Sister Mary Lusk, who imitated Nano Nagle’s love for children and taught them.
Sister Julia Ciccolini, who reached out to those suffering with AIDS
Sister Ann Daly, who loved to watch her students grow, and now cares for the dying in Hospice
Sister Joan Dombrowski, who now works in a Safe House for trafficked women.
Sister Christine Liegey, who now trains people in the Ministry of Consolation and volunteers at a funeral home, comforting those who have lost loved ones.
Sister Dale McDonald, who was President of the Community for 2 terms and taught countless children and adults.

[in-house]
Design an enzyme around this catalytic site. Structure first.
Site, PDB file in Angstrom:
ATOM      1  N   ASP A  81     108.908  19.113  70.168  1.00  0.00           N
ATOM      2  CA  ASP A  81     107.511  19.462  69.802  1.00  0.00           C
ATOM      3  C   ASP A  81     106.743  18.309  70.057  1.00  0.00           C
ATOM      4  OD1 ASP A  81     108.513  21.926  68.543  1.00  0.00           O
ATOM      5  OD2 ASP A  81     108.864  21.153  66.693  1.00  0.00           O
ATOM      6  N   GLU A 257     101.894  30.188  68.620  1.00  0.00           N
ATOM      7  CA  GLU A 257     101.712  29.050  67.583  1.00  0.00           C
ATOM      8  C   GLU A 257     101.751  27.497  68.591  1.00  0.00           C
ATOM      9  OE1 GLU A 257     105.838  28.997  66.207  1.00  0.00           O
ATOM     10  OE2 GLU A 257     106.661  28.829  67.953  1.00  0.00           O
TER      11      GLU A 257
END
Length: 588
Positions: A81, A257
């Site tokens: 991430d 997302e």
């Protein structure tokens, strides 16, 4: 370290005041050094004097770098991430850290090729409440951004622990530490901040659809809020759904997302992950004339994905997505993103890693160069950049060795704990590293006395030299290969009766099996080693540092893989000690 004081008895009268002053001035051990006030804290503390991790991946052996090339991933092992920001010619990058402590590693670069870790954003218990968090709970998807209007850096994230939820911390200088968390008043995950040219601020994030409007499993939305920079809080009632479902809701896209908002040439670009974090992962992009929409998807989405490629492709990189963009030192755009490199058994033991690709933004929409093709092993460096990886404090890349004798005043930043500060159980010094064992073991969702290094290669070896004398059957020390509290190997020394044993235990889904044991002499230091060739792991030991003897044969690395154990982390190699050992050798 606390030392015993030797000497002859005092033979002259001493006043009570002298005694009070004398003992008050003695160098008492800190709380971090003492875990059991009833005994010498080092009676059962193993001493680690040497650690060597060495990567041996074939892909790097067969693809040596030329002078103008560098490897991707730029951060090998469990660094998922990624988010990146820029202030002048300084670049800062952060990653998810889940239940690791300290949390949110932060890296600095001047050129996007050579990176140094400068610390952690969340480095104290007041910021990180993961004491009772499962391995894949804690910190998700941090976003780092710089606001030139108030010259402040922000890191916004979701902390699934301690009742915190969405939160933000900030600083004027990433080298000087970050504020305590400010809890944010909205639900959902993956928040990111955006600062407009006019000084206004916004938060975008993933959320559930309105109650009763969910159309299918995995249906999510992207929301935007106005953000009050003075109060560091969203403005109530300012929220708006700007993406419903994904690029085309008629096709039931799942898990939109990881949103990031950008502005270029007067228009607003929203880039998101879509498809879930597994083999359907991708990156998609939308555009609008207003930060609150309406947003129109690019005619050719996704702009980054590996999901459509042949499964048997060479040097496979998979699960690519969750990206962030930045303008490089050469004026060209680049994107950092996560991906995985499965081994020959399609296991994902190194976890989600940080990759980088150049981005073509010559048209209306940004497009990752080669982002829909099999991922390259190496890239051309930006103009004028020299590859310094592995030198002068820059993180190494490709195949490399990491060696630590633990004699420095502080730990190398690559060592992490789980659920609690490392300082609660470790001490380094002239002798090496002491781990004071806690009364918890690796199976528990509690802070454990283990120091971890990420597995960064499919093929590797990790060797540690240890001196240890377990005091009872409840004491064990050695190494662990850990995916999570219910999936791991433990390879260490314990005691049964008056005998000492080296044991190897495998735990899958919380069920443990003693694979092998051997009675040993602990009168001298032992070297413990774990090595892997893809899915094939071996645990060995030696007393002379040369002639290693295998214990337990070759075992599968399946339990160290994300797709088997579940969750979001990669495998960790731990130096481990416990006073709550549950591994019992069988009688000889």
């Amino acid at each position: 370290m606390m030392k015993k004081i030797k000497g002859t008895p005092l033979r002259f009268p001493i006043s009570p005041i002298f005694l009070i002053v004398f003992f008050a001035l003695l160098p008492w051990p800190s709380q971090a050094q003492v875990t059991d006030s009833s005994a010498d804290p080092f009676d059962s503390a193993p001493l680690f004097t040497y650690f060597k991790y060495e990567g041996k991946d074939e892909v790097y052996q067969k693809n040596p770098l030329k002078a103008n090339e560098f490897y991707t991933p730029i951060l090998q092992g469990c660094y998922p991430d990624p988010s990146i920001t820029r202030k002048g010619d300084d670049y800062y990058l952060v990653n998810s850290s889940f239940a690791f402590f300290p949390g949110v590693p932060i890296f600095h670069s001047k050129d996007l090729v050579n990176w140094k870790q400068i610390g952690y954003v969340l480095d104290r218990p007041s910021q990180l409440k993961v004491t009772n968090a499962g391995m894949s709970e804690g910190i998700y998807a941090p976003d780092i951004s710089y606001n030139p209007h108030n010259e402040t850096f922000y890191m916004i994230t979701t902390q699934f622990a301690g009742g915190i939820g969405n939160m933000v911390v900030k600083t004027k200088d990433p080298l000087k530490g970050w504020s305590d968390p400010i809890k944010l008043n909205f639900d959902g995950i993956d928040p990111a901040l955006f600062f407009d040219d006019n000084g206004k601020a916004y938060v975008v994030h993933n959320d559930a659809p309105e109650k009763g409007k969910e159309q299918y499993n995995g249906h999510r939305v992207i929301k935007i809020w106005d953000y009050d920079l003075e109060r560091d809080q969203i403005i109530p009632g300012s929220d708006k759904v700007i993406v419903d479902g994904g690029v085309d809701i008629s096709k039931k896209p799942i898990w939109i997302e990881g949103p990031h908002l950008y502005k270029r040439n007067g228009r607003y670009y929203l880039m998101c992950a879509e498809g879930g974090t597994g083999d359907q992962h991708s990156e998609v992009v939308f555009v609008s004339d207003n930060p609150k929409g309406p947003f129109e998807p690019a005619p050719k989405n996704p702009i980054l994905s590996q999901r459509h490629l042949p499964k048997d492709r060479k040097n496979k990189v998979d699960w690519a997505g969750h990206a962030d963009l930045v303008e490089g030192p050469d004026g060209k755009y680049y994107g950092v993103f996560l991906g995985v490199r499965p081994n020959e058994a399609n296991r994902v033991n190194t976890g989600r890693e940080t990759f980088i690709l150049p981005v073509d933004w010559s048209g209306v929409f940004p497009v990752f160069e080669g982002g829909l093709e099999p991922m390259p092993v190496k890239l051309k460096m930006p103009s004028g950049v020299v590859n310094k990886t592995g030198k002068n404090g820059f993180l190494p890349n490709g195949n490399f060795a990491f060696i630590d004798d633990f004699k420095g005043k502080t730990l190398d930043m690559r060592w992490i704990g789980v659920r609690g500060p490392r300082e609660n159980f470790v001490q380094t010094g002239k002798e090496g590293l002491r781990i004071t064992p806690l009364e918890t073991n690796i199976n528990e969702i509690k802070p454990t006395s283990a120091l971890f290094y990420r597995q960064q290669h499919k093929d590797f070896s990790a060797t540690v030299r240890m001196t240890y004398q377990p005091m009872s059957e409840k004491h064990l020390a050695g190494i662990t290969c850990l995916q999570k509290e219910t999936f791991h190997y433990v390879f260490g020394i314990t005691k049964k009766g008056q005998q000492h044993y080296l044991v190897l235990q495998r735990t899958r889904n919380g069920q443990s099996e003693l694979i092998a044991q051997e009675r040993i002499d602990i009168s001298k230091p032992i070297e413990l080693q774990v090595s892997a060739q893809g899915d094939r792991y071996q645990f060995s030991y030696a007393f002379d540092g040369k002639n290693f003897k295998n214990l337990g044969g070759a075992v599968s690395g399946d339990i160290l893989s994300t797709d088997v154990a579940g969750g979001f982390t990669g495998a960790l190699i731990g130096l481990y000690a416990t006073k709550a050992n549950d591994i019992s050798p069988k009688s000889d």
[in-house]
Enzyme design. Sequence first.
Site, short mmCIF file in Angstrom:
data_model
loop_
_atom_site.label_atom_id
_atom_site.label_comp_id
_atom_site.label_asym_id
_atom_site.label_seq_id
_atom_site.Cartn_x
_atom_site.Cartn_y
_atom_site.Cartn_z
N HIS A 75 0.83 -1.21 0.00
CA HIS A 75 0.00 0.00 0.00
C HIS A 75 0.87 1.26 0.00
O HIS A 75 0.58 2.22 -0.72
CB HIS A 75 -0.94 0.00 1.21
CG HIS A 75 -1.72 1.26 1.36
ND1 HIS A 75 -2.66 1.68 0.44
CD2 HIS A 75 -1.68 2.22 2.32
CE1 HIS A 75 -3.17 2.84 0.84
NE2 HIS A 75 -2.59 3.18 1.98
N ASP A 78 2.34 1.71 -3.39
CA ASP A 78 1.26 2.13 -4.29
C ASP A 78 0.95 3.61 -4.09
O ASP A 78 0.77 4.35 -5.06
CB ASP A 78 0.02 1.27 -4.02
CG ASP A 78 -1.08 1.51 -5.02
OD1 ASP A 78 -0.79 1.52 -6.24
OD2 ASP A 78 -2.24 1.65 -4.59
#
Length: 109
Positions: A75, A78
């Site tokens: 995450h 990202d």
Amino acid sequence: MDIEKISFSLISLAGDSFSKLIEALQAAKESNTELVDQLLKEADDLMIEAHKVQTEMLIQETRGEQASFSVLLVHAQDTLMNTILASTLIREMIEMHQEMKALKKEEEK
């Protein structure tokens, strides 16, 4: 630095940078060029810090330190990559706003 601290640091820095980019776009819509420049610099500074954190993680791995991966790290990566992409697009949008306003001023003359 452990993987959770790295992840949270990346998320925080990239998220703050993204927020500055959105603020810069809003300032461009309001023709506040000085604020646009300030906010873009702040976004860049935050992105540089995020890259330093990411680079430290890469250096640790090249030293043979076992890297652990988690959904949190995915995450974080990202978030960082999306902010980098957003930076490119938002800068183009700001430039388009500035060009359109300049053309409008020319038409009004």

Sister Carol Melsopp, who used the Workshop Way to teach God’s special and personal love for each student.
Sister Margaret Murphy, who gave her life to teaching children and leading Catholic schools
Sister Kathleen Treanor, who also taught countless children and was a dedicated leader of Catholic schools
Sister Patricia Morrison who was told recently by a former student – you influenced my integrity, fairness and sense of justice more than anyone else in the world.
Don’t you agree – Nano Nagle would be so proud of these her daughters! They are a shining example to each of us! Daughters of God - Ladies with the Lantern – bearing the light of Christ to all. They said Yes!
I am reminded of the writer, John Ruskin. It was back in the days before electricity. Lamps in town were powered by gas. It was the job of the lamp lighter to light the lamps each evening.